The well at Tel Sheva; it is very deep (I remember 60 meters maybe) and when we threw stones down it took over 10 seconds to hear a sound.

The water system at Tel Sheva.

Gate into Tel Arad

Bronze Age well that collected water at Tel Arad

The Altar at Tel Arad. Notice these stones are not cut like at Tel Sheva.

Saturday, July 23, 2011

The Tel

I’ve been posting a lot about the travels I did in Israel while visiting Israel this summer. My post about Tel Dan concludes the trips I had with my parents, and begins the travels I had with my archeological group. But, since I was volunteering and traveling, time got away from me, and I now find myself reflecting on the trip from the United States. Just because I am back home does not mean I will stop posting about Israel; I have several other interesting sites to blog about.

But before I continue with my sites, I want to reflect on my archeological experience I had while in Israel.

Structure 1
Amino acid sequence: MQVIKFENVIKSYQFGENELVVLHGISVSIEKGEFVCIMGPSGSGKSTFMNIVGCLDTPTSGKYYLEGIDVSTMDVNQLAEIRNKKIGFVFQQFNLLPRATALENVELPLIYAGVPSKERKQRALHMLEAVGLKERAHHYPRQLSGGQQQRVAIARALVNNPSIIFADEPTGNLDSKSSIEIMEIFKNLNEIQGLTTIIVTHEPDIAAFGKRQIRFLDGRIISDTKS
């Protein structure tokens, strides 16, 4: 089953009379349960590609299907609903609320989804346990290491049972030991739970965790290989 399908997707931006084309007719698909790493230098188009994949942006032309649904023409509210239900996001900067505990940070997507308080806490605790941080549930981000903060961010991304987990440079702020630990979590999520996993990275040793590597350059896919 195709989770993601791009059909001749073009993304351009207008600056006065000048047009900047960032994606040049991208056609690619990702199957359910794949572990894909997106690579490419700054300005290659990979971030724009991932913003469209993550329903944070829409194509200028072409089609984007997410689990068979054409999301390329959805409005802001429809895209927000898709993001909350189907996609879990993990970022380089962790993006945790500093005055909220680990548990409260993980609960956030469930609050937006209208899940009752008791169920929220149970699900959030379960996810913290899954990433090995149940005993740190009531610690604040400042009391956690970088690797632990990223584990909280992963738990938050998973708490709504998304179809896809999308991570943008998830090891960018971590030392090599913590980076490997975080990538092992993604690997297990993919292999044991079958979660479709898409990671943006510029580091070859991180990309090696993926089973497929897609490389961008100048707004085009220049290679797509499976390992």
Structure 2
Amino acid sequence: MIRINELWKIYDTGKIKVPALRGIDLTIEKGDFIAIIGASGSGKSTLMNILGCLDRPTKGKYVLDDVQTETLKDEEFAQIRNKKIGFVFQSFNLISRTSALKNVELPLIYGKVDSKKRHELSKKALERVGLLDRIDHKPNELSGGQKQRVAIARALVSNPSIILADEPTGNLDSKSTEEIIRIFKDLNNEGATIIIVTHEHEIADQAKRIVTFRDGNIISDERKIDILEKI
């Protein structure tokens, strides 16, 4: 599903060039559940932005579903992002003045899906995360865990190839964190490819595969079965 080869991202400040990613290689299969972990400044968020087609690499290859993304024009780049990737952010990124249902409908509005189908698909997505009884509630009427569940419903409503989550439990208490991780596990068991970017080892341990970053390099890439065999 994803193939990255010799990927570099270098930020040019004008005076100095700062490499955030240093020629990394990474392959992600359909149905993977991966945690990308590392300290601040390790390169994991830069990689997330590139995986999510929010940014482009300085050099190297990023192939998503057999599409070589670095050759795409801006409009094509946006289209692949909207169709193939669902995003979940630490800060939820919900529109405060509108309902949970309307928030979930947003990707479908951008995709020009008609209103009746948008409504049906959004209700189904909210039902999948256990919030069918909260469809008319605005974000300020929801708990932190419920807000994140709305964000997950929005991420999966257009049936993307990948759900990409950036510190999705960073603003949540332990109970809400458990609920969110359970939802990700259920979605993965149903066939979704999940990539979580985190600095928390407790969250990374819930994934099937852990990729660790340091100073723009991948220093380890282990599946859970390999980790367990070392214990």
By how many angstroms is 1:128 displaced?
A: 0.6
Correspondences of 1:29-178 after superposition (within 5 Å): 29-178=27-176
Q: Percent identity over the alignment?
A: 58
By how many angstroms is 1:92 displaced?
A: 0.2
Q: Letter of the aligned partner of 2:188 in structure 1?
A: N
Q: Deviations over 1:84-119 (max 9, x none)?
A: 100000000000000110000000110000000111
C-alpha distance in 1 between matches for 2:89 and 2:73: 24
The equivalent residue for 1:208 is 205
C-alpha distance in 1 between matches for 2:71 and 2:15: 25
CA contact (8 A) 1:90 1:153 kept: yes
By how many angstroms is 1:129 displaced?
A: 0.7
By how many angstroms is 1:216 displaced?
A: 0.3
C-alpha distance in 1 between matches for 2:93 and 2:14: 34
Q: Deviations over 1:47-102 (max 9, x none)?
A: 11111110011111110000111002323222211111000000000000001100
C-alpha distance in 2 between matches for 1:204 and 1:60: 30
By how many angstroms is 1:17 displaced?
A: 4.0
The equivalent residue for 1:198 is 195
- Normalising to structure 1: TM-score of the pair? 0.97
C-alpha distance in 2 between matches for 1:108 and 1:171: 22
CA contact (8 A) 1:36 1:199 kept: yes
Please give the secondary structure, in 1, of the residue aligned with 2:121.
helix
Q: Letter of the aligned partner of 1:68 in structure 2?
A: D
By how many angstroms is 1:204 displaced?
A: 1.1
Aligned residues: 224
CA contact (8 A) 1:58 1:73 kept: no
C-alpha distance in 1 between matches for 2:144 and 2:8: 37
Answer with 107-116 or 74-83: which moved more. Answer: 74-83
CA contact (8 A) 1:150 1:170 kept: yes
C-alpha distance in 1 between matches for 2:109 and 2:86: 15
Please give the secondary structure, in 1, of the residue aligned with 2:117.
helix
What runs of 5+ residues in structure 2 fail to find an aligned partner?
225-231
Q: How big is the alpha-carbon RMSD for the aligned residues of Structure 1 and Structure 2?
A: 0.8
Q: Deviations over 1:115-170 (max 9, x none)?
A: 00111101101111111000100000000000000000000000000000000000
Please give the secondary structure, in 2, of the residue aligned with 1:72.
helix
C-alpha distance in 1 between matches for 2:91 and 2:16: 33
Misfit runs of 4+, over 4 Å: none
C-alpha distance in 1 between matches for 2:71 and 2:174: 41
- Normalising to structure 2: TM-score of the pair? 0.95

Tel Zeitah is a small site located in the Shephelah or wadi system in Israel. There are several valleys located in this region; one directly to the north hosts Gath of the Philistines, and one directly south houses Lachish the Judean stronghold. This means according to Biblical literature our valley is home to Libnah, which has yet to be identified. This season we were digging in one square to reach the 8th Century BCE destruction levels corresponding to Senacarib and King Hezekiah.

Zeitah is an interesting Tel; several factors have shaped what it looks like today. Originally, the Tel was larger than it is today and the change is due to erosion escalated by human forces. Archaeological soil is very fertile, so farmers began stealing soil from the site. This man made cut, along with natural erosion, has made for a very steep eastern side to the Tel.